Despite Namesake, F-35 Fighter Jet Once Again Can’t Fly in Lightning

© Photo : YouTube/Gung Ho VidsF-35 Lightning II
F-35 Lightning II - Sputnik International
Thanks to a problem with a key safety feature, Lockheed Martin’s F-35 Lightning II is once again unable to safely weather a hit from a lightning bolt.

According to a memo by the plane’s manufacturer that was obtained by Bloomberg, the safety system that prevents the F-35 from exploding due to a lightning strike was found to have a problem, resulting in weeks of manufacturing delays and requiring changes to how the plane is allowed to fly.

The system in question, the Onboard Inert Gas Generation System (OBIGGS), keeps nitrogen-enriched air in the plane’s fuel tanks so that they don’t explode if lightning hits the aircraft. 

According to the memo, flaws in the tubing used to circulate this gas were found in 14 of the 24 F-35As inspected by the F-35 Joint Program Office (JPO). The A model is the most widely used version of the stealthy jet, operating from normal runways and exported to several partner nations.

Since Lockheed cannot verify the plane won’t explode if hit by lightning, it has instead opted to suggest new flight restrictions to avoid the possibility.

“As a safety precaution, the JPO recommended to unit commanders that they implement a lightning flight restriction for the F-35A, which restricts flying within 25 miles of lightning or thunderstorms,” Lockheed Martin said in a statement, Defense News reported on Wednesday. “We are working with the F-35 Joint Program Office (JPO) on a root cause corrective action investigation to determine next steps.”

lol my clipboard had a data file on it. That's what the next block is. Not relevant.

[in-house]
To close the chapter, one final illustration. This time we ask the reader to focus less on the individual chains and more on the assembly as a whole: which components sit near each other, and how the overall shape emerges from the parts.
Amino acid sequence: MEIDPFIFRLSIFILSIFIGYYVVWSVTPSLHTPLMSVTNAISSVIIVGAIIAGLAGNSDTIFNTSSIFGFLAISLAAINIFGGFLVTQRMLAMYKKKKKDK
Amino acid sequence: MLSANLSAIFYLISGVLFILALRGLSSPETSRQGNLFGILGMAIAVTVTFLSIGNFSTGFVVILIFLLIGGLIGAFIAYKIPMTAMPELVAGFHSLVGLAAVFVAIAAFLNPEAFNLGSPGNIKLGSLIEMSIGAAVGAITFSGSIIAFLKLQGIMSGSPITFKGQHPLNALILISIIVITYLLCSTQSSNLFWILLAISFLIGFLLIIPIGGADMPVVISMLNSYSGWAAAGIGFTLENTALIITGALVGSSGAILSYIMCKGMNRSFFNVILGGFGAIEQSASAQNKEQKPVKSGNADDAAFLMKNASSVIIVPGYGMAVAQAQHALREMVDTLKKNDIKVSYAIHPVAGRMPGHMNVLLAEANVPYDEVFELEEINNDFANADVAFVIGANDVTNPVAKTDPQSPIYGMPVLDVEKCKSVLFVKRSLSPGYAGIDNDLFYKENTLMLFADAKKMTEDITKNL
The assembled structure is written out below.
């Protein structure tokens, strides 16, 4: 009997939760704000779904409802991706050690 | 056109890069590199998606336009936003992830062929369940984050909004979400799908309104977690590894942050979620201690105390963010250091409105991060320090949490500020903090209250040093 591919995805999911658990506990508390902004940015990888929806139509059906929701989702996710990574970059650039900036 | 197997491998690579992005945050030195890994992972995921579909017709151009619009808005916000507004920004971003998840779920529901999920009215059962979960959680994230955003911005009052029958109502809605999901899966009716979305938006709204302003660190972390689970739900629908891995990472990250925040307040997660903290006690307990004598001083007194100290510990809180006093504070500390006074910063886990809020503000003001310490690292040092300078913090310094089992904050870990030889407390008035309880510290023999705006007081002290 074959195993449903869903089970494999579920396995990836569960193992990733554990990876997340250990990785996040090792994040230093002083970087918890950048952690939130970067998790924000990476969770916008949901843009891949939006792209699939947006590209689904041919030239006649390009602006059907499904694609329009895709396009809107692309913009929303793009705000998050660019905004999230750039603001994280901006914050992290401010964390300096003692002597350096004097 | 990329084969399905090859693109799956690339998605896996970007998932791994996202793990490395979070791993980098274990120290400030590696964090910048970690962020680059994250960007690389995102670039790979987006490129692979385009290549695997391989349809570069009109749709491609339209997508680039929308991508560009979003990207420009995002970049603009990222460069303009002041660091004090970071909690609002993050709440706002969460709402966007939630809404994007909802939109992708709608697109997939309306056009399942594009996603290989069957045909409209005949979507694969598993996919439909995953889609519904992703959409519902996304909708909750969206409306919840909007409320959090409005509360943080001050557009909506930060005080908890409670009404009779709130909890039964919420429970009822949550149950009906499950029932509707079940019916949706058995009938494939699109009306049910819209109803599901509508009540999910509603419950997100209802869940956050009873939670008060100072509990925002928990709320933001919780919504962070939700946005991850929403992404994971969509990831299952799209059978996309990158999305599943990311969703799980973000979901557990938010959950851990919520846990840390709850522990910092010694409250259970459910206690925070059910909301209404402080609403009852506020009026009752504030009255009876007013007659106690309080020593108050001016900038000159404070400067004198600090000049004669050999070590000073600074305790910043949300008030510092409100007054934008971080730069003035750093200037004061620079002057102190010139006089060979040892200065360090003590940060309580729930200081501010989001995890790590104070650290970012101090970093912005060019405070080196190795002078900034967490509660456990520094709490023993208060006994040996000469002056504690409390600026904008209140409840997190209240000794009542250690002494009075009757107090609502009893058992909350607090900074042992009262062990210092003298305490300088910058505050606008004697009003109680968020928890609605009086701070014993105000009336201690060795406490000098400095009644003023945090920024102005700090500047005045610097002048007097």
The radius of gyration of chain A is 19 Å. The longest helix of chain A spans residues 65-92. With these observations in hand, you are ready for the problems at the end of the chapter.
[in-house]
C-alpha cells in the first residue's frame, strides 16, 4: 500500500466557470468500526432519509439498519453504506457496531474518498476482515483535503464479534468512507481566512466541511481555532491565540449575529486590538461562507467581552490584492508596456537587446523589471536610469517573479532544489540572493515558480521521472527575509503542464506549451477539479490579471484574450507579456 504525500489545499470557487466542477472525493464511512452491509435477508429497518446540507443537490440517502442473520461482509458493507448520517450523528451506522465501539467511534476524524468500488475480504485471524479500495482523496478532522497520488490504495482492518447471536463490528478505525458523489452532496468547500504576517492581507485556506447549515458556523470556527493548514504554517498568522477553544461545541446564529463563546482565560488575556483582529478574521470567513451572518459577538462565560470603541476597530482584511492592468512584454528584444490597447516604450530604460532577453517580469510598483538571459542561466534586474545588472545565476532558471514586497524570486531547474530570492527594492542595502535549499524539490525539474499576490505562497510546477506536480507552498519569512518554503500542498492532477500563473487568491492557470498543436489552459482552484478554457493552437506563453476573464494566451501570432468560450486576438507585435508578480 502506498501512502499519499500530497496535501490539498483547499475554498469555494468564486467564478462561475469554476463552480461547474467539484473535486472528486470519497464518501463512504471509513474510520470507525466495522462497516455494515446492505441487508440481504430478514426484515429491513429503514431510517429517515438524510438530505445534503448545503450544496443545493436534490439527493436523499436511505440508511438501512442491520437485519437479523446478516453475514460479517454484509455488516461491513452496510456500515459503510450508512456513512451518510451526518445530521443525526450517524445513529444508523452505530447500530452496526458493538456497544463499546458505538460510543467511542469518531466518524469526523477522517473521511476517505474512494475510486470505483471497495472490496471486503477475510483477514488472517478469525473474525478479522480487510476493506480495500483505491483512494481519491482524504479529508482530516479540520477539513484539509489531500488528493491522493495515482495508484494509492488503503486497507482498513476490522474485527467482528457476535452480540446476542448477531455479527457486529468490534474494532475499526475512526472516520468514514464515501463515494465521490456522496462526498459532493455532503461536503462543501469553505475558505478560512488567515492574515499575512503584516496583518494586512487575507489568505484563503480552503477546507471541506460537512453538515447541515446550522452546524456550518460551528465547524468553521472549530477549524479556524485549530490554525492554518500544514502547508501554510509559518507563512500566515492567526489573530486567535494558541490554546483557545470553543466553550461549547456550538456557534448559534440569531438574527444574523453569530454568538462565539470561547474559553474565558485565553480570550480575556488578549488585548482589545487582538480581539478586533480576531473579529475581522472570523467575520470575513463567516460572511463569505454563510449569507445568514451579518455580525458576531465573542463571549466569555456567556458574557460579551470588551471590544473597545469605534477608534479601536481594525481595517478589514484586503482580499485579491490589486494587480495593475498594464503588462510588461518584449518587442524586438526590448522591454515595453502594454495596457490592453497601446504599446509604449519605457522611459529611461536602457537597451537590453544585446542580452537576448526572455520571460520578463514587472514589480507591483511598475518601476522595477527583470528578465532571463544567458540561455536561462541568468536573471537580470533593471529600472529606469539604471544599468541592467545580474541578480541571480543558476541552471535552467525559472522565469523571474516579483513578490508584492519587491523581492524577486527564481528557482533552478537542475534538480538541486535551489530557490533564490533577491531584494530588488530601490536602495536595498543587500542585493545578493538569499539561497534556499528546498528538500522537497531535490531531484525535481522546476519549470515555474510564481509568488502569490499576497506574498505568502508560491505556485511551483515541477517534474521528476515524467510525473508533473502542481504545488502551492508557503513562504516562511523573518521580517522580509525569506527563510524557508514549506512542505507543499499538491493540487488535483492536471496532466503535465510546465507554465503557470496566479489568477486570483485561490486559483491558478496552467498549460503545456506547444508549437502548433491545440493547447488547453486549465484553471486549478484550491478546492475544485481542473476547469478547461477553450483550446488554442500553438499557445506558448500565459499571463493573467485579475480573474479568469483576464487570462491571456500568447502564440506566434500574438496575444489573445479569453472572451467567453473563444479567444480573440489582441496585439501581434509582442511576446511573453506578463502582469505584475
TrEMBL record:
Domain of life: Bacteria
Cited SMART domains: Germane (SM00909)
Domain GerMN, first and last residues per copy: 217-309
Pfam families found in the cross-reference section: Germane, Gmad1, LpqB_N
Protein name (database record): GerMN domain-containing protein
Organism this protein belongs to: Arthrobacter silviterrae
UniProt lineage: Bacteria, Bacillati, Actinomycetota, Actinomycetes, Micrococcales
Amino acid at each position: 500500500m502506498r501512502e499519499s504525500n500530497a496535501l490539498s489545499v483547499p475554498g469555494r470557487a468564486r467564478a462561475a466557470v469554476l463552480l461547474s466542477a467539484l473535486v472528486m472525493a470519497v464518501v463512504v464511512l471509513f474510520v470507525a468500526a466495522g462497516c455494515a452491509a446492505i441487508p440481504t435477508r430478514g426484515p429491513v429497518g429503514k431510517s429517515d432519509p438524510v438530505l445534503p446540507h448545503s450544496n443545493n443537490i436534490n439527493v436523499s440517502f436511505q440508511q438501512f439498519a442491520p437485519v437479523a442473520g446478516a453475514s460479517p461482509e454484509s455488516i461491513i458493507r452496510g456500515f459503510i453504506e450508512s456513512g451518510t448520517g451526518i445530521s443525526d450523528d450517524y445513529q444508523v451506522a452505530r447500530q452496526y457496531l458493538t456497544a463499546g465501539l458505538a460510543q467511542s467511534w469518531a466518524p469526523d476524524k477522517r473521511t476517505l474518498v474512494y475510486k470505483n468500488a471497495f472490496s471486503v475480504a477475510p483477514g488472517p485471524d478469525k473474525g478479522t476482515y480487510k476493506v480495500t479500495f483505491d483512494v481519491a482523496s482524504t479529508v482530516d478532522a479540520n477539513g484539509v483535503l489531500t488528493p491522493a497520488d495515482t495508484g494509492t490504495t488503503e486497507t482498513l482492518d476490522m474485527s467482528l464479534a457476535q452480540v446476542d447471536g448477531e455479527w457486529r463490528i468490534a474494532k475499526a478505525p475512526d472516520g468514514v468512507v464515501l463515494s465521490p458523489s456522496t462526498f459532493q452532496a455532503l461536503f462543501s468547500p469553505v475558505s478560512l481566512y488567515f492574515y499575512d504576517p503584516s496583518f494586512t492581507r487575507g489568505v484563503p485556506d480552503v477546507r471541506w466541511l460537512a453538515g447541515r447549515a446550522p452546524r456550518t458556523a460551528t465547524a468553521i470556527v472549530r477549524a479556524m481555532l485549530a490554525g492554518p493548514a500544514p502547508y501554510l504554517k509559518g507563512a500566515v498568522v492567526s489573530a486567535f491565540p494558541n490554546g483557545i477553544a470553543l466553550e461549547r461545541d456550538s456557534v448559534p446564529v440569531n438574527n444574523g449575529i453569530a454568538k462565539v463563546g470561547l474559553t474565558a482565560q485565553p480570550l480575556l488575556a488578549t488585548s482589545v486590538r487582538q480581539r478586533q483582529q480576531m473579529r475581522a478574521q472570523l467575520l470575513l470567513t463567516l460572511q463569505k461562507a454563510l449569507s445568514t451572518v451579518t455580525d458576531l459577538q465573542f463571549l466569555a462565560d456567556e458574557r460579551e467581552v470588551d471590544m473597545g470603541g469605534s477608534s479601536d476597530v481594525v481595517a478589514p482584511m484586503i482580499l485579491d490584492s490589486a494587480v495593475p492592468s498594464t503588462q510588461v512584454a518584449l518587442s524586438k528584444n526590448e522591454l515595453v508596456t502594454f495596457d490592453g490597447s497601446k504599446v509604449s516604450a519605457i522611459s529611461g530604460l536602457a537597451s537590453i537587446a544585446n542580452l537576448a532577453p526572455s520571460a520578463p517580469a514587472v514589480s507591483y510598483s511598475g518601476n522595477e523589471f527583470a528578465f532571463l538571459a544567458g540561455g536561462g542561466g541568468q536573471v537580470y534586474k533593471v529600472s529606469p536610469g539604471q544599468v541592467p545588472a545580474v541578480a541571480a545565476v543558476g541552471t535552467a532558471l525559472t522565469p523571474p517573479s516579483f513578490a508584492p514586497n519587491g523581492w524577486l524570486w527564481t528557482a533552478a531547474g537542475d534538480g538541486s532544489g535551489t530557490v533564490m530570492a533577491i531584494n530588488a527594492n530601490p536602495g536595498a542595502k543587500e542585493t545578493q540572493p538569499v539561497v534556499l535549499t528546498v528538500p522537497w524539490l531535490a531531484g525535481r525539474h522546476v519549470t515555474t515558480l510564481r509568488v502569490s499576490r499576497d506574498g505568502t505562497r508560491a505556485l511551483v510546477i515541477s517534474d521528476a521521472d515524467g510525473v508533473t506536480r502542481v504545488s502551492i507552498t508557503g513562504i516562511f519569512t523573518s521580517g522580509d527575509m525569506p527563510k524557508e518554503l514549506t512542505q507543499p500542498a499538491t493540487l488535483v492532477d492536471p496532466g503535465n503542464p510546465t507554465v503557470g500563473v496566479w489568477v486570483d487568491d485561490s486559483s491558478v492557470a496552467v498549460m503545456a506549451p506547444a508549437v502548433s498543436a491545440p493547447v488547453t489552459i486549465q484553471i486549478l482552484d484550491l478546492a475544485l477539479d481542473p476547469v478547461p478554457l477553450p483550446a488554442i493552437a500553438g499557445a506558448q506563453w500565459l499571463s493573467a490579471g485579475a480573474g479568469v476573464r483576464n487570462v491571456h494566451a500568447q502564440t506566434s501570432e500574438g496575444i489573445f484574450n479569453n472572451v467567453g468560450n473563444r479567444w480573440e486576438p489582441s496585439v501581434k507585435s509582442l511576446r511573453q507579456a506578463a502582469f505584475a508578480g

The defense contractor further noted the problem is arising in the field, not during the manufacturing process. 

The problem was first identified in 2009, according to Pentagon documents, but was fixed in 2014 following a complete redesign of the fuel tank, at which time similar flight restrictions were lowered.

Renewed vulnerability to lightning is just the latest problem discovered in the $1.6 trillion F-35 program. In April, the Navy announced its B and C versions of the jet would receive no correction for a blistering problem that occurs in the aircraft’s tail at supersonic speeds, electing instead to simply restrict pilots’ operational rules, similarly to this latest fix.
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